What Americans really eat – and tweet. One of the most common criticisms of Twitter is that it is really just a bunch of people talking about what they had for lunch.
And while this may well be true, it’s worth considering that what you had for lunch actually says rather a lot about you. In fact, tweeting about lunch rather than breakfast or brunch or dinner reveals something about where you’re likely to live, how you probably vote, what you weigh and your chances of getting diabetes. Over an eight-month period up to May this year, researchers at the University of Arizona analysed more than three million food-related posts (pdf) made by American tweeters, and found that not only did the importance of each daily meal differ across the country (the Midwest goes for breakfast; the West Coast likes dinner), they were also able to identify the most popular food-related words in each state: flan, for instance, in North Dakota, capers in Oregon, potatoes (not wholly surprisingly) in Idaho.
10 theories on how uptalk originated. 18 August 2014Last updated at 19:13 ET The Magazine's recent piece on uptalk - the habit of making statements sound like questions - prompted lots of you to email theories of where it started.
Here are 10 of the most popular. From Japan to Bristol, the Valley girls to Neighbours, theories on uptalk are far-ranging. Here are some readers' ideas, with comments from four linguists who look at its usage. 1. Johann, Reykjavik, Iceland: "Norwegian is the mother of all uplifting inflection languages. John Kouhia, Kirkkonummi, Finland: "I have always been puzzled by the prevalence of uptalk in Norwegian. Aardman, Minnesota: "I live in Minnesota and people have been uptalking here well before California made it famous. Did it come over with the Vikings? Professor David Crystal, an honorary fellow of the Chartered Institute of Linguistics, says: "This is a very credible theory. 2.
Vernon Pilgrim, Tokyo, Japan: "I think it's insecurity, constantly reaching for confirmation. " 3. 4. 5. 6. 7. 8. 9. The Global Language Monitor. Frequently Asked Questions About the Global Language Monitor Q.What is the Global Language Monitor?
A.The Global Language Monitor documents, analyzes, and tracks the latest trends in word usage and word choices and their impact on the various aspects of culture, with a particular emphasis upon Global English.GLM, an internet media analytics company, was founded six years ago in Silicon Valley.It is a direct descendent of yourDictionary.com, the premier multi-language dictionary site with some 230 languages.YDC had very deep academic roots with some two dozen of the world’s top linguists on its Academic Council of Experts.The Global Language Monitor is one of the first companies to exclusively focus on English as the first, true global language, and its impact on various aspects of culture, such as politics, the arts, entertainment, science, technology, and the like.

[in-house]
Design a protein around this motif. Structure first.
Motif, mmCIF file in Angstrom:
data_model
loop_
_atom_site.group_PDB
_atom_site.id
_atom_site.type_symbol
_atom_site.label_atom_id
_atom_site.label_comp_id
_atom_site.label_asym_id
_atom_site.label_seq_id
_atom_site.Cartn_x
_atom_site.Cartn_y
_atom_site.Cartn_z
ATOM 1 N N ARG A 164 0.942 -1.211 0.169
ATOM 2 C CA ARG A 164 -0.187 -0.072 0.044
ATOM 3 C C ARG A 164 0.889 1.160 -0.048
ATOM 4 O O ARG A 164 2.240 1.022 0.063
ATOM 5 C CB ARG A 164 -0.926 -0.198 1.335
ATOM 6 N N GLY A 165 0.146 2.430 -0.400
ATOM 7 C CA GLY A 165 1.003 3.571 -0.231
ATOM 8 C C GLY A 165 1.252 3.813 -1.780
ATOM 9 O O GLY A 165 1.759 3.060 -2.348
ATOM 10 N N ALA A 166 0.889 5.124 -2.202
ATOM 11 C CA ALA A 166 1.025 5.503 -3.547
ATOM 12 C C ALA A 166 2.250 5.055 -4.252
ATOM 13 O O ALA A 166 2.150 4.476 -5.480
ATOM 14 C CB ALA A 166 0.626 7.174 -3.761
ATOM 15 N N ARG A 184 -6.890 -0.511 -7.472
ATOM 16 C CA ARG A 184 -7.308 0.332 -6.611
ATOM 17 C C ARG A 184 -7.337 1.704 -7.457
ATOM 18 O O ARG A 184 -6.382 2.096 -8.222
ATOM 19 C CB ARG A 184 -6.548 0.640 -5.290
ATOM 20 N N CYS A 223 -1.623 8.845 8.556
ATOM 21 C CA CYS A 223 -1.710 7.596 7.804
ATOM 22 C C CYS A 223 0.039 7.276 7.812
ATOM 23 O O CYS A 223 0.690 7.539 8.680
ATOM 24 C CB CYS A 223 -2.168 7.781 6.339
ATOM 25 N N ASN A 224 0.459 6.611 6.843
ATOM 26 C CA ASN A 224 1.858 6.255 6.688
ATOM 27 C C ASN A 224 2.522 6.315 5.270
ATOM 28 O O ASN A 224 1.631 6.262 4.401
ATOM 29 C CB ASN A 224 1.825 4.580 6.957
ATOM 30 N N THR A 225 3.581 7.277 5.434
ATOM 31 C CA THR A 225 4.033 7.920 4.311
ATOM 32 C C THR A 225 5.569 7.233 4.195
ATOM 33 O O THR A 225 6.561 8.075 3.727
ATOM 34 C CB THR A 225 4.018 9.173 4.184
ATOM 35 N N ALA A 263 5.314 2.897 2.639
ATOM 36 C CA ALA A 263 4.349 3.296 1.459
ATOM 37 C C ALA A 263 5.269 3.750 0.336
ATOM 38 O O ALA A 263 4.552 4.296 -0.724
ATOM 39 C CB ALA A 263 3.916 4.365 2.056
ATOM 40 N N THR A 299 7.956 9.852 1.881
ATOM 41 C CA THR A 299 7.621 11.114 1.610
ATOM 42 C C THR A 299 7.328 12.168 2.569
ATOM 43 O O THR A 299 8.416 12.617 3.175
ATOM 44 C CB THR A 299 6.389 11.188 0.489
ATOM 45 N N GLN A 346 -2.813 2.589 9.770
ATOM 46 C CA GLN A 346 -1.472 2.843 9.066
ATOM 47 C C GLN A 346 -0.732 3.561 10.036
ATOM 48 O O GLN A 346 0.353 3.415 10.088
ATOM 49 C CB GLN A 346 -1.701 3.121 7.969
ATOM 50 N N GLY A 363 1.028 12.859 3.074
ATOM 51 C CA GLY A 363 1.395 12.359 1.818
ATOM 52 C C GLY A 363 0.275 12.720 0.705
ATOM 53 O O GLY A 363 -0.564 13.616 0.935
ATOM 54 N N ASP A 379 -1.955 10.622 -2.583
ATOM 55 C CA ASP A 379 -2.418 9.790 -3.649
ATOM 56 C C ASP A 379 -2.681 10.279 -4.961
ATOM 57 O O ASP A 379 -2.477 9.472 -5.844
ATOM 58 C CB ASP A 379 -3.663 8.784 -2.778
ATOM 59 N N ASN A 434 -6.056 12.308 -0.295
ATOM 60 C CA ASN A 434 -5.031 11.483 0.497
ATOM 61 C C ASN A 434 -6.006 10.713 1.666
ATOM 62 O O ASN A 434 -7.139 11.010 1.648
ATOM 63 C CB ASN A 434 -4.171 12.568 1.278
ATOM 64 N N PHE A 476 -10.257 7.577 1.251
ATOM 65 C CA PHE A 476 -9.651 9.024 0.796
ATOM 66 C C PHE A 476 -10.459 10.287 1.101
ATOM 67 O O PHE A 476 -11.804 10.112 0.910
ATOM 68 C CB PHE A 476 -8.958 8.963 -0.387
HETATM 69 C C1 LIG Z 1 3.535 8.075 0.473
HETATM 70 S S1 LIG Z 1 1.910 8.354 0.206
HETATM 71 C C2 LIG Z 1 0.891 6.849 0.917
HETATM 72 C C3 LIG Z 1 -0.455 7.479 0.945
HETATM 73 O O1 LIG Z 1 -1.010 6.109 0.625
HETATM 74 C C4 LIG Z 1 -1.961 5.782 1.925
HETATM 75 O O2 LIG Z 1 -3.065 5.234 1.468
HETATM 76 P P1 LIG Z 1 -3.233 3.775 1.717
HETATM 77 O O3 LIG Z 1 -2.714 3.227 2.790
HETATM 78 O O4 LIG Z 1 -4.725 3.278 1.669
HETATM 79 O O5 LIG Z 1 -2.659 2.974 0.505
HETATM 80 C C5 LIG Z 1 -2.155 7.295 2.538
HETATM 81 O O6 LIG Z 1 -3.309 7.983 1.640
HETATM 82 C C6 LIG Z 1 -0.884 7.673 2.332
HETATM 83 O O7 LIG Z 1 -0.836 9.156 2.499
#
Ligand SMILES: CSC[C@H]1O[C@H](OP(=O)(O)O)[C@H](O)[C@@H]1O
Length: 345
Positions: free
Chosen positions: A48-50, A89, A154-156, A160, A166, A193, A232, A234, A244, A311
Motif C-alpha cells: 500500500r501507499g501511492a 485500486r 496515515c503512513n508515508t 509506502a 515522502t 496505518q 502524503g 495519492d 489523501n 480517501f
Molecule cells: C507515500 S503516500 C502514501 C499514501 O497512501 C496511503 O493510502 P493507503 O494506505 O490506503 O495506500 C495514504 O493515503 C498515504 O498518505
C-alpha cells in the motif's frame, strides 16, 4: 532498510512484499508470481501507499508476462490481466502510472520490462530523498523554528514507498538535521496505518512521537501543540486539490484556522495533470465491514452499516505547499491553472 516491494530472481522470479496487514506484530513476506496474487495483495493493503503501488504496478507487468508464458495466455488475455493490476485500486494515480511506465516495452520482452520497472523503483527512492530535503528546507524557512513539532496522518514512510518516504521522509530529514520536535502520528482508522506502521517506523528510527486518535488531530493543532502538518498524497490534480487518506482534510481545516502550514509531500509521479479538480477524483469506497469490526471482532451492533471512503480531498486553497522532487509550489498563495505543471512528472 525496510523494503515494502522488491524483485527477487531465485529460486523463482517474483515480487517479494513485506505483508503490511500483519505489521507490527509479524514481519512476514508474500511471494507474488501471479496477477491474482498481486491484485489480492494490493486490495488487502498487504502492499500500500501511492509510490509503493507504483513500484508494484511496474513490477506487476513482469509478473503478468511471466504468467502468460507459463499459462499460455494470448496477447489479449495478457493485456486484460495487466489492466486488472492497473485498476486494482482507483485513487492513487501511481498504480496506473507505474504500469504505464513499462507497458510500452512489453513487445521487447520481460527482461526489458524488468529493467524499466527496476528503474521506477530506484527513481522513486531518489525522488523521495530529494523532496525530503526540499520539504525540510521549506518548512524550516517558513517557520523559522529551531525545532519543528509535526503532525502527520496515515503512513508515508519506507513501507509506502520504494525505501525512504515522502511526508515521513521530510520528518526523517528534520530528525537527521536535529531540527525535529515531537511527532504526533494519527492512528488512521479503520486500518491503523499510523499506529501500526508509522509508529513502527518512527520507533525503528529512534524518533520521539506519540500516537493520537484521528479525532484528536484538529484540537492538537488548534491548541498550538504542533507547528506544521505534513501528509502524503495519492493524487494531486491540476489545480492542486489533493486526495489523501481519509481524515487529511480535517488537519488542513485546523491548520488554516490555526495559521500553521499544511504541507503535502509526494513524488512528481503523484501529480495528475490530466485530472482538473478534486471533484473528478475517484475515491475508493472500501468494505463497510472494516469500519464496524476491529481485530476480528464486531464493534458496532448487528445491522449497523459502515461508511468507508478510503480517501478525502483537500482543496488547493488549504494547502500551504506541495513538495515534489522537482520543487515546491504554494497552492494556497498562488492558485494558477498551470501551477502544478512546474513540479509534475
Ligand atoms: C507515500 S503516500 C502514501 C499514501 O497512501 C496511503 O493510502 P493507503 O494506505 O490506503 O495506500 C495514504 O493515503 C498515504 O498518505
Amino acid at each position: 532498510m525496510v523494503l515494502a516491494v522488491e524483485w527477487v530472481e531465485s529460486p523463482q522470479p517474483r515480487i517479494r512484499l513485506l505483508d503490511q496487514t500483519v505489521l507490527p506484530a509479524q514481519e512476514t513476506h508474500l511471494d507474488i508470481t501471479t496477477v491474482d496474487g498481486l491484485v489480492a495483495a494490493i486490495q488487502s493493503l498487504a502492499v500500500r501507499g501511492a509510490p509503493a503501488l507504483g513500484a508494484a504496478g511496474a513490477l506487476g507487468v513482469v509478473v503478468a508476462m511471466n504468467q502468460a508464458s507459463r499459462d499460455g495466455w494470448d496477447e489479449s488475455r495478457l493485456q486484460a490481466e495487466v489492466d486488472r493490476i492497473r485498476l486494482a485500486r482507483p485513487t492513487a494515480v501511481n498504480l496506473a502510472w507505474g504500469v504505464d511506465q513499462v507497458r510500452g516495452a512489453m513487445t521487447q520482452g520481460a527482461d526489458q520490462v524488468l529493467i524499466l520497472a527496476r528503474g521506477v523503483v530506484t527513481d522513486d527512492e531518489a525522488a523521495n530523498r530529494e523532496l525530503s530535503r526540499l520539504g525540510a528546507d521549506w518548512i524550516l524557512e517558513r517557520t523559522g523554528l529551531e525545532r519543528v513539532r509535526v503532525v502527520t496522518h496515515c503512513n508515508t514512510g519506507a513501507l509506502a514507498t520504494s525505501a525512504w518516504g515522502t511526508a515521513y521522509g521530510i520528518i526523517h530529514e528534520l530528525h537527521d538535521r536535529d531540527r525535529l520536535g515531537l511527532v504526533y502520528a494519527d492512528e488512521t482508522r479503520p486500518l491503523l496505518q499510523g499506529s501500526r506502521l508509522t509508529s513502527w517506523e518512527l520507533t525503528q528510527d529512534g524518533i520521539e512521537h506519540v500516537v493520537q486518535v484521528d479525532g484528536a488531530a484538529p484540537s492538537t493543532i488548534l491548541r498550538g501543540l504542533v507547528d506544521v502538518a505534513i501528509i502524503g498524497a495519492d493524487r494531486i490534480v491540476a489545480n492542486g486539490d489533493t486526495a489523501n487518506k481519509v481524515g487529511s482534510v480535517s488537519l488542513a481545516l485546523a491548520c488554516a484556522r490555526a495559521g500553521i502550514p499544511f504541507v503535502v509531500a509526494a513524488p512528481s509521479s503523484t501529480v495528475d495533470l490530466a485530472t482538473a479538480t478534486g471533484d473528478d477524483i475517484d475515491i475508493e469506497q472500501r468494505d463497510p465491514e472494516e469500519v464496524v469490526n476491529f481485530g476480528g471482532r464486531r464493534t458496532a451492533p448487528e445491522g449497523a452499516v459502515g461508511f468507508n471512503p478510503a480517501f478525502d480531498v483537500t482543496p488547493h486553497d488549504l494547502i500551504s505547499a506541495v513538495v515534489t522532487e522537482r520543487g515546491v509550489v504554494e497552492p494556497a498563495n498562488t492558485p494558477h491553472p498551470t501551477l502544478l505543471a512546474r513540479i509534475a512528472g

The leading global media have come to rely upon GLM’s analysis and analytical techniques. Q.Who is Paul JJ Payack? 'FML,' 'YOLO,' 'Amazeballs' Added to Online Oxford Dictionary. Language Change. How do people lose their native language? June 4, 2014 Featured, Language Jesús Romero-Trillo no responses Tagged with: Jesús Romero-Trillo • Language • loss Sgt Bowe Bergdal spoke English for 23 years until he was captured by Taliban fighters in Afghanistan five years ago. 3 June 2014) Some people have gone decades without speaking or hearing their first language but they retain the ability to speak it easily, says Dr Monika Schmid, a linguistics professor at the University of Essex in the UK.
It’s rare to totally lose command of a first language, she says. The difficulties in recalling your first language are greater the more immersed you are in a second language, says Dr Aneta Pavlenko at Temple University in Philadelphia, because cognitive resources are limited. It’s well known that brain injuries can have an impact on language loss, but emotional trauma can also affect it. ENGB3 Language Change. Attitudes to language change. ▶ My Blackberry Is Not Working! - The One Ronnie, Preview - BBC One. Why I’m looking beyond the English lexicon for the word that doesn’t exist. When even our expansive lexicon fails me, I look beyond my mother tongue.
“The limits of my language mean the limits of my world” and all that. Other cultures have pinpointed human experiences which the English language has yet to name. The Japanese have “forest bathing” (shinrin-yoku), the Germans “grief-bacon” (kummerspeck). The former describes a constitution-boosting trip to the woods, the latter weight gained by emotional overeating. A few of my other favourites: the Welsh word hiraeth – a quietly melancholic longing for home similar to the Portuguese saudade (a yearning for something that might never return). Global Language Monitor, which documents language trends, counted 1,025,109.8 active English words on 1 January and estimates that a new word is created every 98 minutes, which should take us to approximately 1,028,814.2 by the time of going to print.
But there are still some things with no words to fit. Satisfaction induced by completion of household tasks: “domecstasy”.